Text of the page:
I was recently talking to my friend about our schedules for next semester when she voiced a sad reality about her courses: as a junior STEM major, she has yet to see a single African American professor standing in front of her classrooms. She has not learned from a professor who looks like her.
That experience is certainly not unique. As an Economics and Mathematics major, I am always surprised when I see a professor of Asian descent teaching an economics course at Yale, mostly because of how rare it is. In my sophomore spring, I took an econometrics course taught by professor Yuichi Kitamura, and it was profoundly encouraging to see someone with the same cultural and ethnic background as a leader in my academic field.
Unfortunately, my STEM major friend has not been able to find the same inspiration.
Many of us find role models in our professors. For some of us, these professors invigorate our intellectual hunger. At the same time, we have to recognize that the most fulfilling relationships between students and mentors do not rest solely on common intellectual interests. When students study under an instructor who they can identify with on the basis of shared heritage, they gain a strong, potentially life-changing advisor.
The benefits of students seeing themselves in their professors may seem amorphous, but we ought to go back to the basis for role models. When we see a successful person who shares similar life experiences, we come to believe that we, too, can succeed. As a result, we are driven to work harder. In those dark moments when we doubt ourselves, a role model with the same identity can provide hope and motivation.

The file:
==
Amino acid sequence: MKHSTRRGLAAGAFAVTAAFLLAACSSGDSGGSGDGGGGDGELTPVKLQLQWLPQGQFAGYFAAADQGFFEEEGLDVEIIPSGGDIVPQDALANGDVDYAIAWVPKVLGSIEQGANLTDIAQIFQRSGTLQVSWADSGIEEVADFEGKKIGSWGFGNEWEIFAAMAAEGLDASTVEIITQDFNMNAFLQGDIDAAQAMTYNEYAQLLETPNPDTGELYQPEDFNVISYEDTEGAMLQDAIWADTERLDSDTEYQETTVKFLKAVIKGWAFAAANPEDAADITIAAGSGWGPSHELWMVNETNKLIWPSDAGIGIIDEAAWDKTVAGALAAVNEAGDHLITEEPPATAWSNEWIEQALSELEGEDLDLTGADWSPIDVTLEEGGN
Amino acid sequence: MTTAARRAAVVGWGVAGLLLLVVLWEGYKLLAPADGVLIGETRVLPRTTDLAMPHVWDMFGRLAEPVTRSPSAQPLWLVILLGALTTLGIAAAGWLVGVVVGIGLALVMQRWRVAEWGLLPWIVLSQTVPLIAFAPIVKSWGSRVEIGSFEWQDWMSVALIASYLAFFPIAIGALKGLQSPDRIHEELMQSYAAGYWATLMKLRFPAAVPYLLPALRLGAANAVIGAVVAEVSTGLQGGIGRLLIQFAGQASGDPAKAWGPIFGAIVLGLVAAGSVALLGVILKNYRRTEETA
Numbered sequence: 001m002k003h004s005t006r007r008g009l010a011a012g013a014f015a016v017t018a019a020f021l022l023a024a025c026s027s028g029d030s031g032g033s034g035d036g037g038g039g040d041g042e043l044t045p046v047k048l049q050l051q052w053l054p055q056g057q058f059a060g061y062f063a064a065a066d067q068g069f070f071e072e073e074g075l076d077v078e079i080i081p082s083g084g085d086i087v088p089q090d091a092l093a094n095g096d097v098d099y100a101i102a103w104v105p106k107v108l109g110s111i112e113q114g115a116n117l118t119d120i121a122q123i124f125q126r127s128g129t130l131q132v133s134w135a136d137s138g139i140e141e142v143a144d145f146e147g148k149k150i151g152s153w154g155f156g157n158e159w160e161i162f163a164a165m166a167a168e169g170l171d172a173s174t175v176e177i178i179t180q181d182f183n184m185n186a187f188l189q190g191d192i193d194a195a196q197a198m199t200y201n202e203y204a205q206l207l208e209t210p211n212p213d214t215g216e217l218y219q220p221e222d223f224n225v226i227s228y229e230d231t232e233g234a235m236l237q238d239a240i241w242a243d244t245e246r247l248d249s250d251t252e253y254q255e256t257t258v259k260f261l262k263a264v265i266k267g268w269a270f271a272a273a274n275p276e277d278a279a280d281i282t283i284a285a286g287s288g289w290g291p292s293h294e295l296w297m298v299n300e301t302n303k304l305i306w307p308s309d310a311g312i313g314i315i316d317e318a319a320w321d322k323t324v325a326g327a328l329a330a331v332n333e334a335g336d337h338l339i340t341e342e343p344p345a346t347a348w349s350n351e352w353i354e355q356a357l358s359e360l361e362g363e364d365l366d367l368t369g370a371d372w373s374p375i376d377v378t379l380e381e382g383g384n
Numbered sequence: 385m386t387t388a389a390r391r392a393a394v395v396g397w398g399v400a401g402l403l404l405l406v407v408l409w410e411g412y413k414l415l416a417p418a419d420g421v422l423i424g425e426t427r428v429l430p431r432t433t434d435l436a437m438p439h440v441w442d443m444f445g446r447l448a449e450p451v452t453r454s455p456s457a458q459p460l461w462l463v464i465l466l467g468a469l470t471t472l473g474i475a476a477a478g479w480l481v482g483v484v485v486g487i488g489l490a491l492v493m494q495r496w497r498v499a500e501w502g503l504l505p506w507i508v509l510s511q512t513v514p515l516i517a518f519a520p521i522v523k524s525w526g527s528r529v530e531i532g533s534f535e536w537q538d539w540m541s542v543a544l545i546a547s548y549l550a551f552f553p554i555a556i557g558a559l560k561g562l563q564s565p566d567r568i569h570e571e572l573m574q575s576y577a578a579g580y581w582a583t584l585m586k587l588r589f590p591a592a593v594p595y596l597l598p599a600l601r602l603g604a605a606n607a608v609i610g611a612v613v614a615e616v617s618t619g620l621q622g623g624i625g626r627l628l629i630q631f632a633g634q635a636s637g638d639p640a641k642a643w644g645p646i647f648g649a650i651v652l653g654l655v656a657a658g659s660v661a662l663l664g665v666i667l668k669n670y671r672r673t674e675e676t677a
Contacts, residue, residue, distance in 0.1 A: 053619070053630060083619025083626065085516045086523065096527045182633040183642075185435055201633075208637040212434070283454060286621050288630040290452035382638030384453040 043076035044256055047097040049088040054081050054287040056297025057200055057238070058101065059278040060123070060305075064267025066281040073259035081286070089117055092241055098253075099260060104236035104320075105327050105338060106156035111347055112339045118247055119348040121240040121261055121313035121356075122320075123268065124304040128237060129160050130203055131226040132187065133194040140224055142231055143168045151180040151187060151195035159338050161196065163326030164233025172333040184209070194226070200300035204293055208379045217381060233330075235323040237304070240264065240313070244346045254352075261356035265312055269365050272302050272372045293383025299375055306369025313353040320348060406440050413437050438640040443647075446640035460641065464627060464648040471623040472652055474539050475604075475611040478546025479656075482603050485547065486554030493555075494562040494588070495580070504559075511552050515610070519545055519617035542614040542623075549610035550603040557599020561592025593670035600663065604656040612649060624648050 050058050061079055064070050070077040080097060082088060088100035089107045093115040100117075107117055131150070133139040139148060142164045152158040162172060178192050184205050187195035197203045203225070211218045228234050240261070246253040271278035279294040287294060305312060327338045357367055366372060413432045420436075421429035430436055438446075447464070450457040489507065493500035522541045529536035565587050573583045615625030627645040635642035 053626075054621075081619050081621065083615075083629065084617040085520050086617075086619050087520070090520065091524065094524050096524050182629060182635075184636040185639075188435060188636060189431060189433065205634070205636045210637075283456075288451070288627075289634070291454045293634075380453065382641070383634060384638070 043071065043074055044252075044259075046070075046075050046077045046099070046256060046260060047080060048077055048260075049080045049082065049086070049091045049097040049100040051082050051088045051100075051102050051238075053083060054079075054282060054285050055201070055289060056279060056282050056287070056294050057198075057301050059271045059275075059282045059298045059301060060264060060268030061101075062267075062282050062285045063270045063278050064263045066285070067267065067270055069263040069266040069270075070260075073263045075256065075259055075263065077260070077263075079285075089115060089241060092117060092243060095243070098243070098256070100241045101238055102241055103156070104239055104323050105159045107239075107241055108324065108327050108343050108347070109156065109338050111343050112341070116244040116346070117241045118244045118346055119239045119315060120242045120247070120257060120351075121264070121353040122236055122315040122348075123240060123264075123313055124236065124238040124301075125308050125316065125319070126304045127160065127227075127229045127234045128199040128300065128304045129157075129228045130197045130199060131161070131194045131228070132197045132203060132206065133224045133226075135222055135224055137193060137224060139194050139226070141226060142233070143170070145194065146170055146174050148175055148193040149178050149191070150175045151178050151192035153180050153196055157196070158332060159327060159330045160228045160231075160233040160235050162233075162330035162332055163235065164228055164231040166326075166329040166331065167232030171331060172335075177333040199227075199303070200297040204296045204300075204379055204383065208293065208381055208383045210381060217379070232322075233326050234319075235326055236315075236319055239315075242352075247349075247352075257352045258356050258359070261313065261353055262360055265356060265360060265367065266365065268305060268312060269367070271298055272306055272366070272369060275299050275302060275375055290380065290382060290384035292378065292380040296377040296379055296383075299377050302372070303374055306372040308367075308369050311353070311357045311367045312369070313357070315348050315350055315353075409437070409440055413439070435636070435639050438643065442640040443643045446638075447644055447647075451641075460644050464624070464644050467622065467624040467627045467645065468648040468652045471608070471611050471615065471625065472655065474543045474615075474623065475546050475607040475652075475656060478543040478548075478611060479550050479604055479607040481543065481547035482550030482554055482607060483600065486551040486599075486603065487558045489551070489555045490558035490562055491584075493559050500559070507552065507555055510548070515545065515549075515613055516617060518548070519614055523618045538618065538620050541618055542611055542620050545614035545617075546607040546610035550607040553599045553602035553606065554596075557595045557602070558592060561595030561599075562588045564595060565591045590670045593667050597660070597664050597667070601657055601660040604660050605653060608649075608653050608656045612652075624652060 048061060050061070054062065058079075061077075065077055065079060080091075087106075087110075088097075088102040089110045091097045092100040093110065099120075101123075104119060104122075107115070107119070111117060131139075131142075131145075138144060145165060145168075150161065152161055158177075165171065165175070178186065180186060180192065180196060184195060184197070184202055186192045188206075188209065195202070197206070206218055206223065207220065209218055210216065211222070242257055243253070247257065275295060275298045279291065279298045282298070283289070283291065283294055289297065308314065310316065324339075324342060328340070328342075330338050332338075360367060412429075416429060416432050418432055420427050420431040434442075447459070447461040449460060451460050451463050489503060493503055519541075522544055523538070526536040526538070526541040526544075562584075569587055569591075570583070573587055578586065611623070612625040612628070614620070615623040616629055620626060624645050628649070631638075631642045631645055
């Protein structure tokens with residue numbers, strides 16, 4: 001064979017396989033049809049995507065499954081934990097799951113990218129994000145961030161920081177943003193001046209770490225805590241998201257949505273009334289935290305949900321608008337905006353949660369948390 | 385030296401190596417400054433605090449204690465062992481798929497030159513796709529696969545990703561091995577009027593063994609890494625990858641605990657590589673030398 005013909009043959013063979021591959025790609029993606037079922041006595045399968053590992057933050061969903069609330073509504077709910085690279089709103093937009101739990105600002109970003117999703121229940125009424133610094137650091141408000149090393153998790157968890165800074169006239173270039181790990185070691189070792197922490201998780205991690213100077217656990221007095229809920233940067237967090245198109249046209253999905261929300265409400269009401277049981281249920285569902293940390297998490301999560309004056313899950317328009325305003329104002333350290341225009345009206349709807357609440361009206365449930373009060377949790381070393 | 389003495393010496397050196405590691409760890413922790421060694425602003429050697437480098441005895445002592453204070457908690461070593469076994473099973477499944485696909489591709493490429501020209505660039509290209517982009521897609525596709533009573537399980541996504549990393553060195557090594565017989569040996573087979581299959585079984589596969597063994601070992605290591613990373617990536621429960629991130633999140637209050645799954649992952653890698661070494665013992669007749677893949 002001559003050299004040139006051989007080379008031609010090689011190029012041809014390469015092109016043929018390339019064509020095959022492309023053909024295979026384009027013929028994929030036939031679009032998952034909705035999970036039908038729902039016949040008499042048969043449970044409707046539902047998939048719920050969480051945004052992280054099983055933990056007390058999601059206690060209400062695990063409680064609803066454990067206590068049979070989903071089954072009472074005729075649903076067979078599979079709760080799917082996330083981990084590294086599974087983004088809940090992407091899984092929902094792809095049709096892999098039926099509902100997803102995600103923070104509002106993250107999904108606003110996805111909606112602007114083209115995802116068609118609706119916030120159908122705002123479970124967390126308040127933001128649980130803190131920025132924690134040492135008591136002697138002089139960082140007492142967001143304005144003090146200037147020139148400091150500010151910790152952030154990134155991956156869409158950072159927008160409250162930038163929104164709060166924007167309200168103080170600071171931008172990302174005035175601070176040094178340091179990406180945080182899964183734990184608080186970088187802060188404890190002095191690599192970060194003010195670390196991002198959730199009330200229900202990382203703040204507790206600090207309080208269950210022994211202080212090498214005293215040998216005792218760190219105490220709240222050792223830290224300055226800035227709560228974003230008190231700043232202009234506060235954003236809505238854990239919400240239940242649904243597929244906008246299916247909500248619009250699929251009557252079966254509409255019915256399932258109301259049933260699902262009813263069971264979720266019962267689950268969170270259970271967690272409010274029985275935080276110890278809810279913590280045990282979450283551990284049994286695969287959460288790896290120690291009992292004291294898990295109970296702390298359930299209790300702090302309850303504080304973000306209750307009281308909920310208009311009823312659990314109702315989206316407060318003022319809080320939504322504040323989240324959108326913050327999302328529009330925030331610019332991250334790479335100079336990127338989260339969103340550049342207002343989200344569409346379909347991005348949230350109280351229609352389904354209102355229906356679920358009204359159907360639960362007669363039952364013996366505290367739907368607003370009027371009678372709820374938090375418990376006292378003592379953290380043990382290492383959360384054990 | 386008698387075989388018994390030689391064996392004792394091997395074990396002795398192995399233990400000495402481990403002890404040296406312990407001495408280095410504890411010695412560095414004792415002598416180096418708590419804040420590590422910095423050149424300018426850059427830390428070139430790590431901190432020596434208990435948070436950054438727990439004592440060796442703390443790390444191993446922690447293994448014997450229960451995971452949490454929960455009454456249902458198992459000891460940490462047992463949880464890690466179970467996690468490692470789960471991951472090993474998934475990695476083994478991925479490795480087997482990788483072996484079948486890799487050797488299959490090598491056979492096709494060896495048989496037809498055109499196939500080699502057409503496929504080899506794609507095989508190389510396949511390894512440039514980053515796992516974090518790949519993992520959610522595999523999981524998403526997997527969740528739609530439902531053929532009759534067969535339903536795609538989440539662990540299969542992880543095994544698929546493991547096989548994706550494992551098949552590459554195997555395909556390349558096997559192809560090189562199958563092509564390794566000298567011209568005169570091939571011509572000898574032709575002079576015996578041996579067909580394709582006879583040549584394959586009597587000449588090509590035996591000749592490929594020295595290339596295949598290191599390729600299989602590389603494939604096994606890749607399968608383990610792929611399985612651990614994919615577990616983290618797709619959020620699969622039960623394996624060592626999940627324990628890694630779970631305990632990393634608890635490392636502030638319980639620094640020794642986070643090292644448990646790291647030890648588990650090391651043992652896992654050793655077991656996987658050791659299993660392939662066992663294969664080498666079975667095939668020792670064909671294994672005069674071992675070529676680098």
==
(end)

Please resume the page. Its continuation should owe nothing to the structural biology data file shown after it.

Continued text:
According to the Yale College Council’s 2016 Fall Survey, 78 percent of Latinx undergraduates at Yale would be more likely to seek mentorship from an instructor of the same background. For African-Americans it is 83 percent; for Native Americans, 91 percent; for first-generation students, 63 percent and for low-income students, 63 percent.
Yale has begun a $50 million-dollar initiative to bolster faculty diversity and development, but as with all other challenges at our University, diversifying the faculty is far easier said than done. For example, other institutions are also trying to strengthen the diversity of their faculty, meaning that they vie for the same professors as Yale. Sometimes, we inevitably lose the bid.
This is but one of many challenges. Variations among departments and majors only further complicate the goal of a diverse faculty. For example, it is common knowledge that professors who teach in the Ethnicity, Race and Migration major are more racially diverse than instructors in the engineering department. These imbalances raise questions about whether all undergraduates have access to faculty mentors of color. To make things worse, many professors of color have left Yale in the past few years because they felt they would receive stronger academic support at another university.
Despite the complexity of the issue, students should still join the conversation and help generate concrete next steps for the University. Because our instructors are such powerful sources of inspiration, we have the credibility to speak with the administrators of our respective academic departments and majors to understand what role we can play in promoting faculty diversity.
This will not be an easy or straightforward process, but we must continue pushing for diversity because it improves the academic environment for ourselves and our peers. This push often seems like it takes place strictly within the confines of Woodbridge Hall, but I sincerely believe that students can take on a more involved role.
Tonight, the Yale College Council will hold a town hall on faculty diversity. We hope you will join the conversation.
Peter Huang is a junior in Silliman College. He is the president of the Yale College Council. Contact him at email@example.com .